The disappearance of Colombia’s glaciers will nonetheless have impacts on the health and productivity of many thousands of Colombians, who depend on these glaciers to some degree for drinking water, agriculture, mining and hydroelectricity. Colombia’s Tropical Glaciers are also important indicators of both regional and global climate change, so their loss, especially before rigorous study, is a strategic loss for better understanding past, present and future climate change.

The recession and disappearance of Colombia’s glaciers in the Sierra Nevada de Santa Marta, the Sierra Nevada de El Cocuy and atop Nevado del Huila, will also have profound cultural and spiritual impacts that run far deeper than the quantifiable losses of partially replaceable water resources.  Glaciers and their meltwater are sacred for the indigenous people of these territories, and their disappearance will lead to the further recession of these cultures, at a time when the world most needs to hear their voices.

References and Further Reading

Favier, V., Wagnon, P., and Ribstein, P. “Glaciers of the outer and inner tropics: A different behaviour but a common response to climatic forcing.” Geophysical Research Letters. August 2004.

Hide, Stephen. “El Cocuy: Trouble on the mountain, resolution on the horizon?” The City Paper. Bogota. February 2017.

IDEAM. “Informe del Estado de los Glaciares Colombianos.” 2018.

Izquierdo, Rebeca. “The Thinking People: The U’Wa Battle Oxy.” Cultural Survival. 2001.

“Manifiesto del Pueblo U’Wa.” 1997.

New Scientist. “The History of Ice on Earth.” May 2010.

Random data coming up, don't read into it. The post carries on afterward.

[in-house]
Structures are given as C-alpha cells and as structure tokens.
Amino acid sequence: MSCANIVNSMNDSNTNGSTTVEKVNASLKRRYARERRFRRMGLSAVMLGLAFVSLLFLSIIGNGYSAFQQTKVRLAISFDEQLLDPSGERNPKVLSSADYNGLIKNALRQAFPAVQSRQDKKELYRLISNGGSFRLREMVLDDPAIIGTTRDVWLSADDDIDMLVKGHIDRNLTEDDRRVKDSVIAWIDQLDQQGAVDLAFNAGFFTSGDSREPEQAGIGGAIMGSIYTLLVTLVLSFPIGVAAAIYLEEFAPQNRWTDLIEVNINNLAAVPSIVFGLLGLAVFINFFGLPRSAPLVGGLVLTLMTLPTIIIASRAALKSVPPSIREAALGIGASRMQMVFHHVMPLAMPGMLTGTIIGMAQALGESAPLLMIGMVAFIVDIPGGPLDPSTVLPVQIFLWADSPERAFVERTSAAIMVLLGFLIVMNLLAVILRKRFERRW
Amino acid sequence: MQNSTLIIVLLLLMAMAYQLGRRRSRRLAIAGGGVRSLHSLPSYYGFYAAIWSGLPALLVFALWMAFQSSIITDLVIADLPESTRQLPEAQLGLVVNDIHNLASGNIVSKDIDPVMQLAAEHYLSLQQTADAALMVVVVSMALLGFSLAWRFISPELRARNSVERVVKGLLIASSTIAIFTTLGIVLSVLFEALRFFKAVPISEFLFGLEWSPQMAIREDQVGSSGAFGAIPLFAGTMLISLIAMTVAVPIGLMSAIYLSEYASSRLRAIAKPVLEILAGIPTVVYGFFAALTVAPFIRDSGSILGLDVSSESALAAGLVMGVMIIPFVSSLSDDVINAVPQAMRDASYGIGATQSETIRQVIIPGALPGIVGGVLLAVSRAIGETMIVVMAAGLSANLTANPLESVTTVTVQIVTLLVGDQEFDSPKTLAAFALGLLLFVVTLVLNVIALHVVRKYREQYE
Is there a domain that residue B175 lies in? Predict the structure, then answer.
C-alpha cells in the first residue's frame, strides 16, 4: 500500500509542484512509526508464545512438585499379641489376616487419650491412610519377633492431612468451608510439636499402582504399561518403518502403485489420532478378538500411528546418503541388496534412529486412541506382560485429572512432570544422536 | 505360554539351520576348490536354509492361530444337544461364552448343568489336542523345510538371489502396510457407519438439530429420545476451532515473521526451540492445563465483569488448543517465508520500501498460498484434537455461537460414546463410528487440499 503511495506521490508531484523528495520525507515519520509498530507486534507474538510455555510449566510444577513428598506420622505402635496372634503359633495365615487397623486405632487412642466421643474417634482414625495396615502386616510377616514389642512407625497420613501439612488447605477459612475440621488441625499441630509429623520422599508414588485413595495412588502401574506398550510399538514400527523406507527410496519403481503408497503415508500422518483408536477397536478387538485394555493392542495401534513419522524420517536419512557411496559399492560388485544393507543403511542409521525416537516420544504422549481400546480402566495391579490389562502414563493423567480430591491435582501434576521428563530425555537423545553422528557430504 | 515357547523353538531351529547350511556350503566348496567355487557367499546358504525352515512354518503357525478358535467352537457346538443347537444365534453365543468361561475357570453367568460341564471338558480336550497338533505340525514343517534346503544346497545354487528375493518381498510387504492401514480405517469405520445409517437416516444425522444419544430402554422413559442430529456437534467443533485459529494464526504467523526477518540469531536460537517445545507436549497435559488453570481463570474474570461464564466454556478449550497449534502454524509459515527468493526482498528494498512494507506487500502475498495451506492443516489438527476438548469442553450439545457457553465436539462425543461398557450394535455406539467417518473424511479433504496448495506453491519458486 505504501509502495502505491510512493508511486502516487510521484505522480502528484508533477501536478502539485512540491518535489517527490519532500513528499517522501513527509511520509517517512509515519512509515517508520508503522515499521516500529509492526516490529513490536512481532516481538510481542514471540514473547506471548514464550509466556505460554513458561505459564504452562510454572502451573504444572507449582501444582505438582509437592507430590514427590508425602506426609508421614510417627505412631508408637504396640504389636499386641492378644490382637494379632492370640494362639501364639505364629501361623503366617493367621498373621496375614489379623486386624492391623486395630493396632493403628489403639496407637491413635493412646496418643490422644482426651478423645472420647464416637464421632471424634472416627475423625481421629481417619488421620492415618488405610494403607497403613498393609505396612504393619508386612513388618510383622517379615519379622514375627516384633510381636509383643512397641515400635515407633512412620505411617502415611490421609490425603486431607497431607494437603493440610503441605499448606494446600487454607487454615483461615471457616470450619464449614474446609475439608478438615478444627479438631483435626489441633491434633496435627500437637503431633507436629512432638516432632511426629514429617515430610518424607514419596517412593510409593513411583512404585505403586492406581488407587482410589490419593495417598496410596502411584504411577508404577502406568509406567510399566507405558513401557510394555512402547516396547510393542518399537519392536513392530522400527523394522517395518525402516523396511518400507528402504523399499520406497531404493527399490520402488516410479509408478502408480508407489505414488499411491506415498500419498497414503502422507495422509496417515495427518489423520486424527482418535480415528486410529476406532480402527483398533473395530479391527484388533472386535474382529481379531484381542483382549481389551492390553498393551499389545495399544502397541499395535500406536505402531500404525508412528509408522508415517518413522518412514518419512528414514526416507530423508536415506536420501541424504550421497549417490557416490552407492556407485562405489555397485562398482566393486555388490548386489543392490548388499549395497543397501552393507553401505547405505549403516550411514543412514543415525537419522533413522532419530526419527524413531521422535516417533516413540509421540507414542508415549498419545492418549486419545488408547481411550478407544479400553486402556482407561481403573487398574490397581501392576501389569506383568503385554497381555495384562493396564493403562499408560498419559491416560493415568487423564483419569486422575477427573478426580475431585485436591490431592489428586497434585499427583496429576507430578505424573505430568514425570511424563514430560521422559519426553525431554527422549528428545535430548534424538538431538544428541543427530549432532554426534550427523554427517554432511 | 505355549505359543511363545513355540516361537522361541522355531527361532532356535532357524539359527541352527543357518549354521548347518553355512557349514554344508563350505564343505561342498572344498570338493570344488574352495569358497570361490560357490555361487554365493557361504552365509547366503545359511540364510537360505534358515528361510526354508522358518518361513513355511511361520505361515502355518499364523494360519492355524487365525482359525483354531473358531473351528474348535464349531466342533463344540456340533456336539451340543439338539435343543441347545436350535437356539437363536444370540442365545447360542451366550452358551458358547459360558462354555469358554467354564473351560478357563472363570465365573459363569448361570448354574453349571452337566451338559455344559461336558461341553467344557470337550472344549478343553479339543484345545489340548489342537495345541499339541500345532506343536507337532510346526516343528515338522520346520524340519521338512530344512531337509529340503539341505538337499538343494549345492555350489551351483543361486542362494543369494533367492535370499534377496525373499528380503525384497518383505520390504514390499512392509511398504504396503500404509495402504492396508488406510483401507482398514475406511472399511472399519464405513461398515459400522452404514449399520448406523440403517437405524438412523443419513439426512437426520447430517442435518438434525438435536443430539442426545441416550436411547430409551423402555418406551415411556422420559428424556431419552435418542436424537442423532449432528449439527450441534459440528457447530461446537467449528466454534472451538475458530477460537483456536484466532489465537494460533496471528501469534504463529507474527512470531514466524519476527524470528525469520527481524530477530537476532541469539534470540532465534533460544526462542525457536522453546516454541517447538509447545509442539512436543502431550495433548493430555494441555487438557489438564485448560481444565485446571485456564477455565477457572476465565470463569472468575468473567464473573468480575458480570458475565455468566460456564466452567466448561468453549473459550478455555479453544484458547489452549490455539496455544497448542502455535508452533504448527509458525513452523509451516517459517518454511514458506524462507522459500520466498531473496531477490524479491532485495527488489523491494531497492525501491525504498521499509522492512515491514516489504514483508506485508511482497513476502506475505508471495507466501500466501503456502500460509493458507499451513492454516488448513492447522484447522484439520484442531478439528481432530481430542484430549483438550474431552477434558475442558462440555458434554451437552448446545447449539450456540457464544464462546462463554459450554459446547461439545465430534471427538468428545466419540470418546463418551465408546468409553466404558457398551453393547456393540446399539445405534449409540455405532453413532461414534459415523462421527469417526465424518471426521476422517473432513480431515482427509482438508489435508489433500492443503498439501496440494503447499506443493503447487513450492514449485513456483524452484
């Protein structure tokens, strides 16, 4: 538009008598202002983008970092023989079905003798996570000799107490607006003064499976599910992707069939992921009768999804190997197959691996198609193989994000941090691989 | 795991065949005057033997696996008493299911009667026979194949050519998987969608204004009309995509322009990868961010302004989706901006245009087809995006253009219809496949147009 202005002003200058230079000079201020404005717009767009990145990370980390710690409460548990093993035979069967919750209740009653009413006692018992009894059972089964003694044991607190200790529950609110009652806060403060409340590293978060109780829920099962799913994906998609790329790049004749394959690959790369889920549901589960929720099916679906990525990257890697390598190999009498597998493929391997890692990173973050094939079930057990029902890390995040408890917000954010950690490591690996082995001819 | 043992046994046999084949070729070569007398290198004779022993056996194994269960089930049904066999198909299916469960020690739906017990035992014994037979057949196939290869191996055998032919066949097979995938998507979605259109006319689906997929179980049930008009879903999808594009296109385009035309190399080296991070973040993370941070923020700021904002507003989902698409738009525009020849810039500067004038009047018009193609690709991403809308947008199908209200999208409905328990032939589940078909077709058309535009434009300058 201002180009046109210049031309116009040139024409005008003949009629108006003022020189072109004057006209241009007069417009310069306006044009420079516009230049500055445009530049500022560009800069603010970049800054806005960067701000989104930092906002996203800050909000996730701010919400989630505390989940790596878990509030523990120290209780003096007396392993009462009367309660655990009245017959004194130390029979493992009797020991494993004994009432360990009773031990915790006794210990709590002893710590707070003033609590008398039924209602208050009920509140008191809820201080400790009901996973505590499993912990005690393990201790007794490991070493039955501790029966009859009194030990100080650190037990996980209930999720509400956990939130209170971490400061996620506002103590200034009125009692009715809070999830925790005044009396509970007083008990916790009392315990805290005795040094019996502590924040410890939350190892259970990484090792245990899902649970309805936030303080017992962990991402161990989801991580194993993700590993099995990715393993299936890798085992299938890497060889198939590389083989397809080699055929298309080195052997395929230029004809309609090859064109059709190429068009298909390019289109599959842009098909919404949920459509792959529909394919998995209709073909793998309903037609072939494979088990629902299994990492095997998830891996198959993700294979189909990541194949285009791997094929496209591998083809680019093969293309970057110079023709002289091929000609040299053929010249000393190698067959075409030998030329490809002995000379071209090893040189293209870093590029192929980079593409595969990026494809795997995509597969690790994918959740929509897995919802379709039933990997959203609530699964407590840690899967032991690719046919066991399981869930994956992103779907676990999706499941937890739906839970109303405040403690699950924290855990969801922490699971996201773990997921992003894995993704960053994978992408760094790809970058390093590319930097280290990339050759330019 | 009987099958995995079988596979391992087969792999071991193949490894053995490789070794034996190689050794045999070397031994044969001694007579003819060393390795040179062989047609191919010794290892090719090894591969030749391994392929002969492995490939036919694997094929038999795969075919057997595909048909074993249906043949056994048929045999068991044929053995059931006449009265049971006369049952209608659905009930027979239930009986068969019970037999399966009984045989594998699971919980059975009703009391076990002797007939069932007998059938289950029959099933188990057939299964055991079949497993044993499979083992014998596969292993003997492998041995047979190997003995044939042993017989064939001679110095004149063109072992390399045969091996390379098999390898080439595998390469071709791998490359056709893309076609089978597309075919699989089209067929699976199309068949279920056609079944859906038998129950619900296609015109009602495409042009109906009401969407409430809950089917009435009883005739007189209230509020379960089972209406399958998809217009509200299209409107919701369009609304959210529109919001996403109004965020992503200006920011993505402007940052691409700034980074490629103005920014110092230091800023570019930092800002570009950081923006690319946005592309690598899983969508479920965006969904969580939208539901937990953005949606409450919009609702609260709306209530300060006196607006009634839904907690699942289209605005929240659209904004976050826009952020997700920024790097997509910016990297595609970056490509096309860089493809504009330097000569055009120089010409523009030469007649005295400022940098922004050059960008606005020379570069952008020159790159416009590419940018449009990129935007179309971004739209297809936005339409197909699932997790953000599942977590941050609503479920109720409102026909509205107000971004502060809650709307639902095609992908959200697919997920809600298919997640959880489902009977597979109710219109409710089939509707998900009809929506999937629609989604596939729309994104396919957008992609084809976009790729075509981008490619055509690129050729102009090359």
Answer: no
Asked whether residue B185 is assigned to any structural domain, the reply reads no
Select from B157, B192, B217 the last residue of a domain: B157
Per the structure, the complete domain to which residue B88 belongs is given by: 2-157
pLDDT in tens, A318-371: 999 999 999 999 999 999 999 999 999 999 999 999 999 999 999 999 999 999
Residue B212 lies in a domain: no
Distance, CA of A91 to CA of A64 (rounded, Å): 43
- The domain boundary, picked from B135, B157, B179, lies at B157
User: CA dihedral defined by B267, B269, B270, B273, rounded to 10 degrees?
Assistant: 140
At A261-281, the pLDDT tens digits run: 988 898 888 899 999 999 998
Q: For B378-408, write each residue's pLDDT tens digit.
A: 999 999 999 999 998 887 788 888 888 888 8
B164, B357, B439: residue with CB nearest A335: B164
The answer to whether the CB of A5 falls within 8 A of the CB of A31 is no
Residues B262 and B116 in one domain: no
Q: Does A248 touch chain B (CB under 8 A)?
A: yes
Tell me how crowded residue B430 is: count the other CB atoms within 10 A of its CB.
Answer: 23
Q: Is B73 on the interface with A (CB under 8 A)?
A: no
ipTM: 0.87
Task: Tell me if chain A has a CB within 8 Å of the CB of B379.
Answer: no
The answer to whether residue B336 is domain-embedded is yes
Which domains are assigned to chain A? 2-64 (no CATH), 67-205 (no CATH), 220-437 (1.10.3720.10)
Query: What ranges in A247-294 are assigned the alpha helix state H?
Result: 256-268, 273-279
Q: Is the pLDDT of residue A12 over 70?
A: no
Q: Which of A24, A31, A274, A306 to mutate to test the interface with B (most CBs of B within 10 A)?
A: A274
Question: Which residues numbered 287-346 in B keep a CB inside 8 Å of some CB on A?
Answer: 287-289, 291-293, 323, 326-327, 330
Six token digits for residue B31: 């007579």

Rabatel, A., Francou, B., Wagnon, P., et al.. “Current state of glaciers in the tropical Andes: a multi-century perspective on glacier evolution and climate change.” The Cryosphere. January 2013.

Rabatel, A., Ceballos, J.L., Zemp, M., et al..“Toward an imminent extinction of Colombian glaciers?” Geografiska Annaler. 2017.

Romo, Vanessa. “Peru: A Decade-Long Quest to Protect the World’s Largest Tropical Glacier.” Mongabay. July 2018.

Saout, S.L., Hoffmann, M., Rodrigues, A., et al.. “Protected Areas and Effective Biodiversity Conservation.” Science. November 2013.

Thompson, L., Mosley-Thompson, E., Davis, M.E., Brecher, H.H., “Tropical glaciers, recorders and indicators of climate change, are disappearing globally.” Annals of Glaciology. 2011.

University of Chicago. “The Energy Budget of Glaciers.”

Vuille, M., Rabatel, A., Sicart, J.E., et al.. “Rapid decline of snow and ice in the tropical Andes – Impacts, uncertainties and challenges ahead.” Earth Science Reviews. January 2018.

Vuille, M. “Climate Change and Water Resources in the Tropical Andes.” Inter-American Development Bank. 2013.

Wilkinson, Allie. “Expanding tropics will play greater global role, report predicts.” Science. June 2014.

Zemp, M., Cogley, J.G., et al..Global glacier mass changes and their contributions to sea-level rise from 1961 to 2016. Nature. April 2019.